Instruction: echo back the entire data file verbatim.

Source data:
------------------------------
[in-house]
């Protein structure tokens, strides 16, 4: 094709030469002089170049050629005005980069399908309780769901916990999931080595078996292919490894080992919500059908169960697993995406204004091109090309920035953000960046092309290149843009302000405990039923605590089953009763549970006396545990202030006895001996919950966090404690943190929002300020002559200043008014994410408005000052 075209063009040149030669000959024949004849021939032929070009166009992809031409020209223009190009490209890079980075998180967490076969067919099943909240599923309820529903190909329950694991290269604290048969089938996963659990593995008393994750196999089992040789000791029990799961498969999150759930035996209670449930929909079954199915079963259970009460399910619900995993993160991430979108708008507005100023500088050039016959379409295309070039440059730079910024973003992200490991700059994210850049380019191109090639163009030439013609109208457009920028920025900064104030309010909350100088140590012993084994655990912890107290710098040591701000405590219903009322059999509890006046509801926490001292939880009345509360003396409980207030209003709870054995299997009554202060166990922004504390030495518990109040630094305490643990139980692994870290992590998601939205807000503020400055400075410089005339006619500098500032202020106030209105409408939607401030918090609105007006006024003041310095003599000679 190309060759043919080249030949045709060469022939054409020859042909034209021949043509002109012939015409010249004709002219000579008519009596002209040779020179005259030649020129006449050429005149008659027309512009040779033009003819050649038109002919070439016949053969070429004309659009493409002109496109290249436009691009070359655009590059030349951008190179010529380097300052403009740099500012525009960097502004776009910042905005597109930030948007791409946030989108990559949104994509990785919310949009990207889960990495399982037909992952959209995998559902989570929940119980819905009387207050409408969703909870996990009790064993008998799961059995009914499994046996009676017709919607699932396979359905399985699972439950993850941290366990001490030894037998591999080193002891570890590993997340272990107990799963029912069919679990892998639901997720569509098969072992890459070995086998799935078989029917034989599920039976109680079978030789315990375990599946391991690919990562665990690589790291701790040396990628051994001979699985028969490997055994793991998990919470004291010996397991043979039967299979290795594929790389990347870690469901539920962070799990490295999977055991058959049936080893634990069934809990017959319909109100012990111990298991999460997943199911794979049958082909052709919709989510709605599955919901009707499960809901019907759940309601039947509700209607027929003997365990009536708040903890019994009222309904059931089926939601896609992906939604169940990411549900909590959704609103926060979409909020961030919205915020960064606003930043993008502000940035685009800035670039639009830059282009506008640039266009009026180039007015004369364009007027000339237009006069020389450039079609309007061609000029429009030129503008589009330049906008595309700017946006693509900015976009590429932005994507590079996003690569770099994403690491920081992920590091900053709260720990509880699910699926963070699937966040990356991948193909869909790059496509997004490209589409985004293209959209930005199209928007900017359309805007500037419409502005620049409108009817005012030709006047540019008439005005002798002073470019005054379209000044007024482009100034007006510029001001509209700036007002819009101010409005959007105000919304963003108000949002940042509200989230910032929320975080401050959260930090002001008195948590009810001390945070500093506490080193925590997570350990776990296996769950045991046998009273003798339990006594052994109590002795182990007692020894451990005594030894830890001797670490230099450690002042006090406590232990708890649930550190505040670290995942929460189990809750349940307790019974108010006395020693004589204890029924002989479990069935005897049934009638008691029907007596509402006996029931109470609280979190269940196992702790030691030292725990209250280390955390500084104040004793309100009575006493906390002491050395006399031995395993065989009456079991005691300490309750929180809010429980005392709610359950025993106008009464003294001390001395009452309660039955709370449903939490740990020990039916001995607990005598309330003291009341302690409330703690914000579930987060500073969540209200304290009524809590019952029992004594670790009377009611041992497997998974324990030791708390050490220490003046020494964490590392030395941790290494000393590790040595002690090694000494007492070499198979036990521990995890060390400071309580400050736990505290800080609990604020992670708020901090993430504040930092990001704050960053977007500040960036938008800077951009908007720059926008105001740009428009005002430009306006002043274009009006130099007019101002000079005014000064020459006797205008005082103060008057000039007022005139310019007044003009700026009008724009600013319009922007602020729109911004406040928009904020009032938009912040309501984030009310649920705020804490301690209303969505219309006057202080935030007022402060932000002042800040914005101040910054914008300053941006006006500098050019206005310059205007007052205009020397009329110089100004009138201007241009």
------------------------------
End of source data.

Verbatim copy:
[in-house]
């Protein structure tokens, strides 16, 4: 094709030469002089170049050629005005980069399908309780769901916990999931080595078996292919490894080992919500059908169960697993995406204004091109090309920035953000960046092309290149843009302000405990039923605590089953009763549970006396545990202030006895001996919950966090404690943190929002300020002559200043008014994410408005000052 075209063009040149030669000959024949004849021939032929070009166009992809031409020209223009190009490209890079980075998180967490076969067919099943909240599923309820529903190909329950694991290269604290048969089938996963659990593995008393994750196999089992040789000791029990799961498969999150759930035996209670449930929909079954199915079963259970009460399910619900995993993160991430979108708008507005100023500088050039016959379409295309070039440059730079910024973003992200490991700059994210850049380019191109090639163009030439013609109208457009920028920025900064104030309010909350100088140590012993084994655990912890107290710098040591701000405590219903009322059999509890006046509801926490001292939880009345509360003396409980207030209003709870054995299997009554202060166990922004504390030495518990109040630094305490643990139980692994870290992590998601939205807000503020400055400075410089005339006619500098500032202020106030209105409408939607401030918090609105007006006024003041310095003599000679 190309060759043919080249030949045709060469022939054409020859042909034209021949043509002109012939015409010249004709002219000579008519009596002209040779020179005259030649020129006449050429005149008659027309512009040779033009003819050649038109002919070439016949053969070429004309659009493409002109496109290249436009691009070359655009590059030349951008190179010529380097300052403009740099500012525009960097502004776009910042905005597109930030948007791409946030989108990559949104994509990785919310949009990207889960990495399982037909992952959209995998559902989570929940119980819905009387207050409408969703909870996990009790064993008998799961059995009914499994046996009676017709919607699932396979359905399985699972439950993850941290366990001490030894037998591999080193002891570890590993997340272990107990799963029912069919679990892998639901997720569509098969072992890459070995086998799935078989029917034989599920039976109680079978030789315990375990599946391991690919990562665990690589790291701790040396990628051994001979699985028969490997055994793991998990919470004291010996397991043979039967299979290795594929790389990347870690469901539920962070799990490295999977055991058959049936080893634990069934809990017959319909109100012990111990298991999460997943199911794979049958082909052709919709989510709605599955919901009707499960809901019907759940309601039947509700209607027929003997365990009536708040903890019994009222309904059931089926939601896609992906939604169940990411549900909590959704609103926060979409909020961030919205915020960064606003930043993008502000940035685009800035670039639009830059282009506008640039266009009026180039007015004369364009007027000339237009006069020389450039079609309007061609000029429009030129503008589009330049906008595309700017946006693509900015976009590429932005994507590079996003690569770099994403690491920081992920590091900053709260720990509880699910699926963070699937966040990356991948193909869909790059496509997004490209589409985004293209959209930005199209928007900017359309805007500037419409502005620049409108009817005012030709006047540019008439005005002798002073470019005054379209000044007024482009100034007006510029001001509209700036007002819009101010409005959007105000919304963003108000949002940042509200989230910032929320975080401050959260930090002001008195948590009810001390945070500093506490080193925590997570350990776990296996769950045991046998009273003798339990006594052994109590002795182990007692020894451990005594030894830890001797670490230099450690002042006090406590232990708890649930550190505040670290995942929460189990809750349940307790019974108010006395020693004589204890029924002989479990069935005897049934009638008691029907007596509402006996029931109470609280979190269940196992702790030691030292725990209250280390955390500084104040004793309100009575006493906390002491050395006399031995395993065989009456079991005691300490309750929180809010429980005392709610359950025993106008009464003294001390001395009452309660039955709370449903939490740990020990039916001995607990005598309330003291009341302690409330703690914000579930987060500073969540209200304290009524809590019952029992004594670790009377009611041992497997998974324990030791708390050490220490003046020494964490590392030395941790290494000393590790040595002690090694000494007492070499198979036990521990995890060390400071309580400050736990505290800080609990604020992670708020901090993430504040930092990001704050960053977007500040960036938008800077951009908007720059926008105001740009428009005002430009306006002043274009009006130099007019101002000079005014000064020459006797205008005082103060008057000039007022005139310019007044003009700026009008724009600013319009922007602020729109911004406040928009904020009032938009912040309501984030009310649920705020804490301690209303969505219309006057202080935030007022402060932000002042800040914005101040910054914008300053941006006006500098050019206005310059205007007052205009020397009329110089100004009138201007241009």